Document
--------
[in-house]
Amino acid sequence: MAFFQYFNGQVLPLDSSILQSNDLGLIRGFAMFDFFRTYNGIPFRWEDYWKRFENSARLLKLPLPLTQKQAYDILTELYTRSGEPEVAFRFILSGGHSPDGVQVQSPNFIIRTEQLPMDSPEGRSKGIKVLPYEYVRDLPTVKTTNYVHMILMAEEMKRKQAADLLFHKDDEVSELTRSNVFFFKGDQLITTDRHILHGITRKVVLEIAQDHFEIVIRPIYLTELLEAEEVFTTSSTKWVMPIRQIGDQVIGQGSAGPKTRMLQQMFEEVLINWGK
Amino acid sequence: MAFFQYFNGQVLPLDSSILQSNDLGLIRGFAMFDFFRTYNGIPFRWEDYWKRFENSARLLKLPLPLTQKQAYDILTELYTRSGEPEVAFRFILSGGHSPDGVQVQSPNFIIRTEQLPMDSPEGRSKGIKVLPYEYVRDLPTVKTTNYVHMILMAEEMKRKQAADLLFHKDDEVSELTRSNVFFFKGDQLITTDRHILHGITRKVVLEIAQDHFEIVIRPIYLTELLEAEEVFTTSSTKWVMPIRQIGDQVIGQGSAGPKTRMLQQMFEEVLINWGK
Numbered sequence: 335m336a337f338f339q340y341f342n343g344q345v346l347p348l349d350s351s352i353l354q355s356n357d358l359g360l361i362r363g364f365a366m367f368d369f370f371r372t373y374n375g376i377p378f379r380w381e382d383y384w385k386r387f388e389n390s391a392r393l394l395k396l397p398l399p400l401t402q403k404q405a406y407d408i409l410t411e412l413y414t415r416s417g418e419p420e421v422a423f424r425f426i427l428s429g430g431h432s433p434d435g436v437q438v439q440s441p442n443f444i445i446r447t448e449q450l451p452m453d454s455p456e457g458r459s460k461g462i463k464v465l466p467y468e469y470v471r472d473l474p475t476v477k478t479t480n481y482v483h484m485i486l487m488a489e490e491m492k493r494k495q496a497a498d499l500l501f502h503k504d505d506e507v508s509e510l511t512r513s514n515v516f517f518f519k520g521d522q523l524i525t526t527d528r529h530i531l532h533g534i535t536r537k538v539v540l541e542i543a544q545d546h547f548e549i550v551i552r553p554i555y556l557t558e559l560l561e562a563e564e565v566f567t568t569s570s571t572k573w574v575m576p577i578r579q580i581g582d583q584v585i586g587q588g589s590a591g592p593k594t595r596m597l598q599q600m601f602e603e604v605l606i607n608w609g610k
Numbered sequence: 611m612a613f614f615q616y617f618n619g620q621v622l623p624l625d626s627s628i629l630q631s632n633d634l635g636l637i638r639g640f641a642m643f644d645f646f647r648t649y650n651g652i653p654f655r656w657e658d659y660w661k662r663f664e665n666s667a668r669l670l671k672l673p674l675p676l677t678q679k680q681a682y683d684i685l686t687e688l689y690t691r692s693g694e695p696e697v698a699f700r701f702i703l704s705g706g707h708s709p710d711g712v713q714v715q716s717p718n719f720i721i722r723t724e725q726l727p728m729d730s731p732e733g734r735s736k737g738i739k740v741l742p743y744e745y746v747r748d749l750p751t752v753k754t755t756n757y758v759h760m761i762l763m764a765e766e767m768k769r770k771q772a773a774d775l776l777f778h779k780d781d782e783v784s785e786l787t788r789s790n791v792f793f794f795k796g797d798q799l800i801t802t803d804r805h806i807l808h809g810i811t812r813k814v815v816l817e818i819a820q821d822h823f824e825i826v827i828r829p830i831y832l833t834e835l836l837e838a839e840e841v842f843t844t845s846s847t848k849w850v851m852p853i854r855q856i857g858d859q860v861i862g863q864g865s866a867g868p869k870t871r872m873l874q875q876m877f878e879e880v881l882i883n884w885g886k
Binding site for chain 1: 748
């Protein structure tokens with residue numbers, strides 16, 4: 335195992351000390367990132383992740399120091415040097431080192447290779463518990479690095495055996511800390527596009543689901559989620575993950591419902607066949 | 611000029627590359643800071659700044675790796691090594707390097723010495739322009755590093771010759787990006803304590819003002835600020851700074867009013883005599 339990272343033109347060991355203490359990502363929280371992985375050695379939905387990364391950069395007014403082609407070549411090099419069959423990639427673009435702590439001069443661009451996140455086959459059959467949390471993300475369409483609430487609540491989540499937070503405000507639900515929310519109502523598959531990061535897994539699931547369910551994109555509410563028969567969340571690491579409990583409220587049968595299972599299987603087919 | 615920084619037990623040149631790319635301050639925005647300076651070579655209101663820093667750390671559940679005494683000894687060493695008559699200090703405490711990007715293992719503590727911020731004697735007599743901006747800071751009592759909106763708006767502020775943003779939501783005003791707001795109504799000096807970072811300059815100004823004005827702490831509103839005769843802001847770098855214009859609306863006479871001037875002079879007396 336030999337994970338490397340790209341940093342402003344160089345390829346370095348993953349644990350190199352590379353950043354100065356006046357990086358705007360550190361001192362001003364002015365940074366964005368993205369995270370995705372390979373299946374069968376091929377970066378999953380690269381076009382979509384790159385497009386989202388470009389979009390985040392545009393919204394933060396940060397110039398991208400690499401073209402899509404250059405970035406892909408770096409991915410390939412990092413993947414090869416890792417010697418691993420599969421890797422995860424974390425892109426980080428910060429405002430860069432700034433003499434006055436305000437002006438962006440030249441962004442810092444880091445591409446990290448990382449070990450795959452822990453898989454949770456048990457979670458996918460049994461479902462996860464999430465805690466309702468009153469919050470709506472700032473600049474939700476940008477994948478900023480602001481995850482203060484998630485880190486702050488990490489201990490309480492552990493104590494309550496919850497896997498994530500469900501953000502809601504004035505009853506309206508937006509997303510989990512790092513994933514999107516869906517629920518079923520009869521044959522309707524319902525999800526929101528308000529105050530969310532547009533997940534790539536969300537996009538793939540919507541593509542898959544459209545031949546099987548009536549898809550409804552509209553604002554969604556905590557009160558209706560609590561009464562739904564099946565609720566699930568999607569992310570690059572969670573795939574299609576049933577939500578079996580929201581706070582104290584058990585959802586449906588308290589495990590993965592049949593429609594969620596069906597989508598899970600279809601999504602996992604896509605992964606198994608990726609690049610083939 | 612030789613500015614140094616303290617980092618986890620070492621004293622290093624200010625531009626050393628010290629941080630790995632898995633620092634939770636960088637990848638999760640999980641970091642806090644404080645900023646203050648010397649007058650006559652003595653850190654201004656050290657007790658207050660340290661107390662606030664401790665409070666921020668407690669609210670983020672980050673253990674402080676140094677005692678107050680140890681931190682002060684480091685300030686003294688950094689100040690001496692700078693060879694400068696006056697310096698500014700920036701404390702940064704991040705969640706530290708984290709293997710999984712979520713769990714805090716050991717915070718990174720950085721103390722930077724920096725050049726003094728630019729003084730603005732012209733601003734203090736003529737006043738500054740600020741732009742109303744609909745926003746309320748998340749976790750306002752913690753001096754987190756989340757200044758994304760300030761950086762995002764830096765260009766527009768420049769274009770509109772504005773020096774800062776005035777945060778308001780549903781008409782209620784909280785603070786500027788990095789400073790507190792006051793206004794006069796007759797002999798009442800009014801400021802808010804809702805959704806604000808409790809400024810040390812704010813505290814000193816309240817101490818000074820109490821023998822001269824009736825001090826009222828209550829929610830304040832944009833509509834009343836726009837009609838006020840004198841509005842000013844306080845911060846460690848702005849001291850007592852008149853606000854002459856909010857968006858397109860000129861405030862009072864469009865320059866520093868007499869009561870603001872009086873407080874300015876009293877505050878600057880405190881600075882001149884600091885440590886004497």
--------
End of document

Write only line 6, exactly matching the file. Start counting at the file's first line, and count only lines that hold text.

Binding site for chain 1: 748